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Northchild

Becoming comfortable with Windows & Networking

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Northchild    122
Hi all, Before I sit down to learn more about design or development, I''d like to learn about the vocabulary and stuff on the consumer-end of gaming. It hurt to think that I still had some very basic questions, but I figured that I''d breathe easier knowing about some of this stuff. Could anyone point me to good books or web sites that would help me with stuff like... - How to optimize my computer for playing games - What all the options associated with 3D cards mean - A good source for basic networking concepts, like what tracert (I think that''s one of the commands) does, etc - What to do with the Windows registry - Stuff like INF files, maybe some files associated with games Any advice would be greatly appreciated.

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siaspete    208
http://www.tweak3d.net used to be pretty good for tweaking settings. I''ve not been there for a while though.

Tracert is used to list all the routers your network traffic is going through to get to a particular server. Try typing "tracert www.gamedev.net" in a command prompt.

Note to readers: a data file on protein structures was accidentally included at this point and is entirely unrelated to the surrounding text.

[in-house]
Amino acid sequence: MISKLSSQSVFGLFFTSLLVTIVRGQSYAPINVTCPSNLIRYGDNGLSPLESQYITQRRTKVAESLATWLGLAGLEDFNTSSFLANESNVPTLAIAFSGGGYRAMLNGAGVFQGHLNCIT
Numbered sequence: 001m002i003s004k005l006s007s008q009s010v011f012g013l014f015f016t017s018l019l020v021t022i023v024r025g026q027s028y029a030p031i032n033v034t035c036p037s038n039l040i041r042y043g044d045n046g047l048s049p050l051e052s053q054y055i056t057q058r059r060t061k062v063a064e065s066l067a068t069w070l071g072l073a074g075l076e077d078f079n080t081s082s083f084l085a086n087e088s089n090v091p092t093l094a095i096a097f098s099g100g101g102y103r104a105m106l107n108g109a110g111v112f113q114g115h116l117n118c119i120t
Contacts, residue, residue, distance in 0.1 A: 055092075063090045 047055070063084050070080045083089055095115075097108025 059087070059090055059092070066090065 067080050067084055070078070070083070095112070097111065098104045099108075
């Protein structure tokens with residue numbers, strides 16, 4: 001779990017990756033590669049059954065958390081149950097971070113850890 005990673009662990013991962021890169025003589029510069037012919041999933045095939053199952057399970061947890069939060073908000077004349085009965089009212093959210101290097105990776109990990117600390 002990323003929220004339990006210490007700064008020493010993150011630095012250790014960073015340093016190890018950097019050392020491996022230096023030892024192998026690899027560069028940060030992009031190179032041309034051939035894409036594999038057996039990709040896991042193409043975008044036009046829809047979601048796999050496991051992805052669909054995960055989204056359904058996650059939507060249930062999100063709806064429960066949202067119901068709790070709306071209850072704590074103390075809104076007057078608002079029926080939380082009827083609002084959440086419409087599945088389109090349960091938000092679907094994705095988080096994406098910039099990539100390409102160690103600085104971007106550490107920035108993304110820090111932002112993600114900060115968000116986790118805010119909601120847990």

You don''t really need to know about the registry or INF files to program so I''d just leave them for now. There are sections in the Windows Platform SDK (MSDN) that tell you how to use the registry from within code. I''ve never had a need to even touch an INF file''s internals yet.


Helpful links:
How To Ask Questions The Smart Way | Google can help with your question | Search MSDN for help with standard C or Windows functions

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Jason Zelos    211
Toms Hardware used to be a good site for computer optimizing, for networking Sams ''TCP/IP Unleashed'' is good (SYS ops, non-programming).
For the graphics cards stuff try looking at the Nvida site I''d expect there to be some good information there (and toms HW).

The windows registry is a pain, make sure you back it up before playing with it (regedit.exe), try looking through the windows system tools in accessories, particuly System Information. You can find out the tasks running on your system and search for there startups in the registry and win/sys.ini files (just for fun).

An excellent book on actual hardware is bigelow''s ''Troubleshooting, Maintaining and Repairing PC''s '', its very in depth about motherboards, IO, Graphics , Sounds etc.

,Jay

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